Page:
“Glioblastomas are malignant brain tumors that start in the brain and are the most rapidly dividing and most lethal brain tumors,” says Erin Dunbar, M.D., a neuro-oncologist at the Piedmont Brain Tumor Center.
It is considered a whole brain disease.
“There’s the part you can see and the part you cannot see,” Dr. Dunbar explains. “Our goal is to treat the part we can see and also try to drive down the tumor cells we can’t see.”
Why glioblastomas are so difficult to treat
“They’re most difficult to treat because even if you get at the spot that you can see, you are then applying medicine therapy of a whole variety of mechanisms to treat the microscopic cells you can’t see,” she says.
Despite national and international research, glioblastomas are still incurable.
“The art of treating glioblastoma patients is that there is no standard therapy after [tumors] recur on the original chemotherapy,” says Dr. Dunbar. “Here at Piedmont, we are really excited to offer a novel emerging therapy that’s non-invasive and provides a completely new mechanism of how to treat these brain tumors.”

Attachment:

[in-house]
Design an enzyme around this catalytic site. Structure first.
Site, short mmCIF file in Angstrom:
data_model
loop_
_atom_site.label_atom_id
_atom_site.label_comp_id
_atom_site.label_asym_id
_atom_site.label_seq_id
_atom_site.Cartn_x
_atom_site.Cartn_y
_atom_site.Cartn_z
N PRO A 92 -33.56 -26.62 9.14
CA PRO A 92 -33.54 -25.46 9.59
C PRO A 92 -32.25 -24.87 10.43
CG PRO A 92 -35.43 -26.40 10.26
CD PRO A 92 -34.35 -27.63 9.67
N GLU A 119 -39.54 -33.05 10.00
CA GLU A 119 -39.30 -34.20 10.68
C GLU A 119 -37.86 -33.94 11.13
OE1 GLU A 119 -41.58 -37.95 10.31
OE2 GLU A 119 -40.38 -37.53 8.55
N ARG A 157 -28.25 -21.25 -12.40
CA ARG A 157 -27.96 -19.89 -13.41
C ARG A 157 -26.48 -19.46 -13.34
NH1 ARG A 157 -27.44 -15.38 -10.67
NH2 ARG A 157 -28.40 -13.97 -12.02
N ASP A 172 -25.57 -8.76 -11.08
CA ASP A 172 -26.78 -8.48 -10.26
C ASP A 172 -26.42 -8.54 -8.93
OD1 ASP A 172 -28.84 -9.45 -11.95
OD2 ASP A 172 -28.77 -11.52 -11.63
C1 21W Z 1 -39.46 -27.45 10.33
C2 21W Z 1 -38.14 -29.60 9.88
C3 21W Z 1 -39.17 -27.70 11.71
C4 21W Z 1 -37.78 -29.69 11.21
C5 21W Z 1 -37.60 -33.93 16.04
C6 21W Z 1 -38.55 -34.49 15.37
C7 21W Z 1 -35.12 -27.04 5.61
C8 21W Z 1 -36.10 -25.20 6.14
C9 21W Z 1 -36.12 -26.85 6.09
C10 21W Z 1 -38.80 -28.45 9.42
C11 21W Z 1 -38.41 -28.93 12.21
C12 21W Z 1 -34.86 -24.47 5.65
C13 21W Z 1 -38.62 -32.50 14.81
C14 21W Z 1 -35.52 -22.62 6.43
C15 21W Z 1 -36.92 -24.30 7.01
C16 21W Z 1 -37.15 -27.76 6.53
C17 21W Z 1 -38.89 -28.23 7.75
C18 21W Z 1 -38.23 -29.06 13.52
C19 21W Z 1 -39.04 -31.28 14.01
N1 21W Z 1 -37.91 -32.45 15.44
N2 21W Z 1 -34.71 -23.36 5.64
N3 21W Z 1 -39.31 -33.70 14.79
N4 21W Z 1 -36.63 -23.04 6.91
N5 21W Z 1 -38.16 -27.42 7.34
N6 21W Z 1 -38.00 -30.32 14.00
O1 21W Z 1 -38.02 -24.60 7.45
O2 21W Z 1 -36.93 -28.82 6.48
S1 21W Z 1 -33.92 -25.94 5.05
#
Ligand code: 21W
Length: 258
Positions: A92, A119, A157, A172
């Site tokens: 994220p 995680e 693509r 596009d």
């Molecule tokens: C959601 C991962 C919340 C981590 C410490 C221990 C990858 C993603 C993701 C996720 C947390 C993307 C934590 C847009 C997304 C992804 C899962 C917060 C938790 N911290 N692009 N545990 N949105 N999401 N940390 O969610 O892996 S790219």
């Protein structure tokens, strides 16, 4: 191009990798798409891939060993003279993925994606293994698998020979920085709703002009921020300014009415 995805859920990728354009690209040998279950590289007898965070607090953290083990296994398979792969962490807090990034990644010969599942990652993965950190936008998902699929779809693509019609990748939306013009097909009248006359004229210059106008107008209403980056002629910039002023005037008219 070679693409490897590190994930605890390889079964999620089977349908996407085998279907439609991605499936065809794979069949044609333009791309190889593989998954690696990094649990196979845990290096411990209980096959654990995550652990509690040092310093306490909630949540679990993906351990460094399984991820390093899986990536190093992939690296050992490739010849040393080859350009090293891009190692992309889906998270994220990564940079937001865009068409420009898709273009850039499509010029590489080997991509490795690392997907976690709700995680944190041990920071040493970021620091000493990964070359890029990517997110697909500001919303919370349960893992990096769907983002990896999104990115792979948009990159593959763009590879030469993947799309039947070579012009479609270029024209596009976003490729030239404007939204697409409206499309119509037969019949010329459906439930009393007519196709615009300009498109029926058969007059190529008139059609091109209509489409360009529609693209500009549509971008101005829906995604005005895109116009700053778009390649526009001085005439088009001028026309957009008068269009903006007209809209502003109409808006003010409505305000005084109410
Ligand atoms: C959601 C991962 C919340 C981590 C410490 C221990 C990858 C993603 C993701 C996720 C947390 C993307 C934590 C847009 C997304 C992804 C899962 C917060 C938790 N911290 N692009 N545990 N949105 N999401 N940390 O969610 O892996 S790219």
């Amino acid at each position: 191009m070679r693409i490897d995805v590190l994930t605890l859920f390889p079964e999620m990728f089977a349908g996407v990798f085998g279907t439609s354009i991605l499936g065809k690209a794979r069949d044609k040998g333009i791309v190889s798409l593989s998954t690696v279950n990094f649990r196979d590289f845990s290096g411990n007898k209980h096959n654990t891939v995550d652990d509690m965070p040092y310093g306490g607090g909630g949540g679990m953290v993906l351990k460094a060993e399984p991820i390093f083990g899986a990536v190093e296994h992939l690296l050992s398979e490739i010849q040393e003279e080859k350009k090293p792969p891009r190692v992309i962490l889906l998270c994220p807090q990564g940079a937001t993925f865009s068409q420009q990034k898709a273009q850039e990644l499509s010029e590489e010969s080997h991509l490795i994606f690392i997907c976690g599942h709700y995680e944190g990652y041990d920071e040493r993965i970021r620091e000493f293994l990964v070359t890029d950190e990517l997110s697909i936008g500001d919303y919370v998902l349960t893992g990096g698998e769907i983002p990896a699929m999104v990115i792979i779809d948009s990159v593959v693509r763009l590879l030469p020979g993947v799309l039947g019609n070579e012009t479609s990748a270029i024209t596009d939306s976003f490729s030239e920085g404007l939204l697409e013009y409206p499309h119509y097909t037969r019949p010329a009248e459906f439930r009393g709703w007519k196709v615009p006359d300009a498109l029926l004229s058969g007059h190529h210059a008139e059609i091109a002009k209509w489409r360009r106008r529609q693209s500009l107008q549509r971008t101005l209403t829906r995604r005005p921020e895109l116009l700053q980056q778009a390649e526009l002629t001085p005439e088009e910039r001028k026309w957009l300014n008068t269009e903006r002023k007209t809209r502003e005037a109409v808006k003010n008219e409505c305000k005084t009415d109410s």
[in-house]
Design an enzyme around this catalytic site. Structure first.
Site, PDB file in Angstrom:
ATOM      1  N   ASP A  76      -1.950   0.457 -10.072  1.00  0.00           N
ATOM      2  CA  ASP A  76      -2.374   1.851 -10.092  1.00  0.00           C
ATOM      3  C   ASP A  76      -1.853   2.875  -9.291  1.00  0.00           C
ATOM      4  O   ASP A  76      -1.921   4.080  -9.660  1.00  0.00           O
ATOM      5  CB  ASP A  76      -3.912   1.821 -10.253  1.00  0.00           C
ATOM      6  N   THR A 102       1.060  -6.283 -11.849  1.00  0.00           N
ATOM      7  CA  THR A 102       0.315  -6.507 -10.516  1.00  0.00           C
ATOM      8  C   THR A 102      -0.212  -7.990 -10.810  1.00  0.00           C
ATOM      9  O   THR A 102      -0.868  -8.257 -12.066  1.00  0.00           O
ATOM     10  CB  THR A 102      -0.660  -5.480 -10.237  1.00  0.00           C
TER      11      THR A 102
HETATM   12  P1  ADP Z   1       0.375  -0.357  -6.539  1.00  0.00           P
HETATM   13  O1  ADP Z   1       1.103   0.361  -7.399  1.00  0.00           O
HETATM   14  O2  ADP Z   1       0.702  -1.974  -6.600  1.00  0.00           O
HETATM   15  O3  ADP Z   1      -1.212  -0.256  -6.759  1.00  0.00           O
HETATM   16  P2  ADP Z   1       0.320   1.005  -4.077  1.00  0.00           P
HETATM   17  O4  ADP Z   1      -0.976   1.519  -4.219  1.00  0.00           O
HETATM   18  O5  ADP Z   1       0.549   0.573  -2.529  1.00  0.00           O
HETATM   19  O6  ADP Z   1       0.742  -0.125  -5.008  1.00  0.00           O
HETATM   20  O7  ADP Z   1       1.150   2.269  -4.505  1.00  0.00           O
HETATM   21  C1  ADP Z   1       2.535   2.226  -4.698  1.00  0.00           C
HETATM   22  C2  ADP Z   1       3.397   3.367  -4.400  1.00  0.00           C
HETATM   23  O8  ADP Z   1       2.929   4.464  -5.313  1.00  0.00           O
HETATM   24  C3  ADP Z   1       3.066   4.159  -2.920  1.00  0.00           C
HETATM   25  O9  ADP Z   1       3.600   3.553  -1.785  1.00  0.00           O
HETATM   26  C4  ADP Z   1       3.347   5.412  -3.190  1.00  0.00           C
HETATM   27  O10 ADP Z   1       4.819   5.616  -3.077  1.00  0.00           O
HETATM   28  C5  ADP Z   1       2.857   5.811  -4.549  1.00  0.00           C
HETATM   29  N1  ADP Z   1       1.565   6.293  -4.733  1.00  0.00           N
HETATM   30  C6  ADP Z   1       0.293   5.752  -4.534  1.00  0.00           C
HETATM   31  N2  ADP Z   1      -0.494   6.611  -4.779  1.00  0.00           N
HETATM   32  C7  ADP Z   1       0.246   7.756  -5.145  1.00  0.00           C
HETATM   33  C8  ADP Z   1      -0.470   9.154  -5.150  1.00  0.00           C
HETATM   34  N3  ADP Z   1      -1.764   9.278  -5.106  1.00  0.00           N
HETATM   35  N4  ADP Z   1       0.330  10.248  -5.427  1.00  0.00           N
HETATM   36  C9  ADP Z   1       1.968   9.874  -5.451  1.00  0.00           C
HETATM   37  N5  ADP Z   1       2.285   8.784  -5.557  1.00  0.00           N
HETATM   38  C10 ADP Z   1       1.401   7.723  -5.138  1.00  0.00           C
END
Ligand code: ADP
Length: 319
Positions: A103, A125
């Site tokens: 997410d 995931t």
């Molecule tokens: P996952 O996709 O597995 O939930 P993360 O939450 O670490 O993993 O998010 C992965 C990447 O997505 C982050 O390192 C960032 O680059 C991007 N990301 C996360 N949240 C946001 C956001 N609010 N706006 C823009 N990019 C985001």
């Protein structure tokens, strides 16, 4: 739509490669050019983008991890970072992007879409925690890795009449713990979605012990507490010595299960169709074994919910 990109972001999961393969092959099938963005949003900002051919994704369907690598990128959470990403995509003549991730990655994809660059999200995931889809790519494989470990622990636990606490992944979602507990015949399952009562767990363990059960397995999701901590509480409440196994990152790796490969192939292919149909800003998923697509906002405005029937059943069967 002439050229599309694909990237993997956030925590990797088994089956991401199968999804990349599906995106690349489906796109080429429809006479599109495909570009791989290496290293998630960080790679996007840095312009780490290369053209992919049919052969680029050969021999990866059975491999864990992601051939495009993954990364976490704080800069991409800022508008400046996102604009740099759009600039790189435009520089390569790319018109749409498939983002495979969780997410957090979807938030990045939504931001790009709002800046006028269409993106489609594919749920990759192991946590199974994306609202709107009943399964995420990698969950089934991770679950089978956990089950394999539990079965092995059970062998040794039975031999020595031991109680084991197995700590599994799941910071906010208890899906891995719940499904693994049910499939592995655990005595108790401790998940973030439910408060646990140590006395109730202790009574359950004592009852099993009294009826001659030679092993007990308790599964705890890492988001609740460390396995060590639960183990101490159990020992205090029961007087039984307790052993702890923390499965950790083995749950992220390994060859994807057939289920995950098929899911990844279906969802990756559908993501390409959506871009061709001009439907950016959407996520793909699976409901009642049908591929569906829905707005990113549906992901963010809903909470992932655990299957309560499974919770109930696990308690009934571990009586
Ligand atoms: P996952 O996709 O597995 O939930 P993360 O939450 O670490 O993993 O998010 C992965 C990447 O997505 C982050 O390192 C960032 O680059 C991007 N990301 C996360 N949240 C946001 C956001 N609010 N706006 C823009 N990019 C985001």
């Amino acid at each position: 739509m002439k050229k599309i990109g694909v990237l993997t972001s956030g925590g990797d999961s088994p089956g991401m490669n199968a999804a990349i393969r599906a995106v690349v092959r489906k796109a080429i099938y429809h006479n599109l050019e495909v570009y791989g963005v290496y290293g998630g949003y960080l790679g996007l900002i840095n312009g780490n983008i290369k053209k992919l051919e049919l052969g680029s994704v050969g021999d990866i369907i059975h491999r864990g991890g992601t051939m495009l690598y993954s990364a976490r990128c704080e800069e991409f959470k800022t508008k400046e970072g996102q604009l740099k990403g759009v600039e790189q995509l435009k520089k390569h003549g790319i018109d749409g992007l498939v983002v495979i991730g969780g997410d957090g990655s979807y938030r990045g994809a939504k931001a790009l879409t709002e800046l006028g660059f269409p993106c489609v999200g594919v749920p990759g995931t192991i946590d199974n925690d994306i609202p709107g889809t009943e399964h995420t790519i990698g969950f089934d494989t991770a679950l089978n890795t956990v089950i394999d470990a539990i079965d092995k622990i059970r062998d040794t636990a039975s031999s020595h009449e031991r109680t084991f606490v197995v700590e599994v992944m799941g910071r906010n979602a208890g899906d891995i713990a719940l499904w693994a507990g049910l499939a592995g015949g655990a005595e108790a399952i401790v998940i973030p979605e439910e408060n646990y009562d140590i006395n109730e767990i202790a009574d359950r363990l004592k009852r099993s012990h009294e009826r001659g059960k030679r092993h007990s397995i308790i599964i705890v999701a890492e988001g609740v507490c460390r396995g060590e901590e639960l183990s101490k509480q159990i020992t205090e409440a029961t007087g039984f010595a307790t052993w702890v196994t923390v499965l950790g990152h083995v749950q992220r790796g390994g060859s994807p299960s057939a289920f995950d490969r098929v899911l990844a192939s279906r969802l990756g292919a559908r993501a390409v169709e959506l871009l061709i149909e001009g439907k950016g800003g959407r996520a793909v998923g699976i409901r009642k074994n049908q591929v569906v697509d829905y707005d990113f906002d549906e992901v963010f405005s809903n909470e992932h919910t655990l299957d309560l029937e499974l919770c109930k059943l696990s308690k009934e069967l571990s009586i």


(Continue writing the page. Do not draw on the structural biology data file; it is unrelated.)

The benefits of NovoTTF
“NovoTTF utilizes the electric polarization of a cell and the unique intracellular matrix to play upon rapidly dividing cells,” she says. “It makes tumors grow slower and drives many of them to cell death.”
Is comparable to chemotherapy in its ability to slow tumor growth and increase length of life.
Offers improved quality of life and functionality because it has less toxicity than chemotherapy.
Is wearable, portable and non-invasive.
“It represents a completely different mechanism of action and emerging technology that may be a new platform for glioblastoma treatment,” says Dr. Dunbar.
Learn more about the Brain Tumor Center at Piedmont.